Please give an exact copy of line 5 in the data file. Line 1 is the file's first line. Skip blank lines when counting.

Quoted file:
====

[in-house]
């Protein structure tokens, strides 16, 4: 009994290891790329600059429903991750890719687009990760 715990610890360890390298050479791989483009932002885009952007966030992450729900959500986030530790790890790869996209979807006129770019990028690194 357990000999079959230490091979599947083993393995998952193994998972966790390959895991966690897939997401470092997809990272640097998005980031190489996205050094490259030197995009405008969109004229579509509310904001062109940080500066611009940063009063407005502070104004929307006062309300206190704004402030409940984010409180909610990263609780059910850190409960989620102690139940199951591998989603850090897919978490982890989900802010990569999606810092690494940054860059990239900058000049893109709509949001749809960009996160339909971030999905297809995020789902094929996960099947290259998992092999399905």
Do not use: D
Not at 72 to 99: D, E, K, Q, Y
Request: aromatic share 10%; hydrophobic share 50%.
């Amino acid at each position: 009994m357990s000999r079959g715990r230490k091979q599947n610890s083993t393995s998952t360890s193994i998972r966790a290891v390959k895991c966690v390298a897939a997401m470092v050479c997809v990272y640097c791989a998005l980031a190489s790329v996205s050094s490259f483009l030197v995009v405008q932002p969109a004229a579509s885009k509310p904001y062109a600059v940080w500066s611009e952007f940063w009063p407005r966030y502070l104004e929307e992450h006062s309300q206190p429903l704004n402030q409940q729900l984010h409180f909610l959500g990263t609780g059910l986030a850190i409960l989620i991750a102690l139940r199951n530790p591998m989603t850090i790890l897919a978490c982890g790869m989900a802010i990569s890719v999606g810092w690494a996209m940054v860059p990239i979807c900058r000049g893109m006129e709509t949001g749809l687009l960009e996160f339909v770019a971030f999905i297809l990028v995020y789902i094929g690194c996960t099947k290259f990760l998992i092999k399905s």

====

Request: aromatic share 10%; hydrophobic share 50%.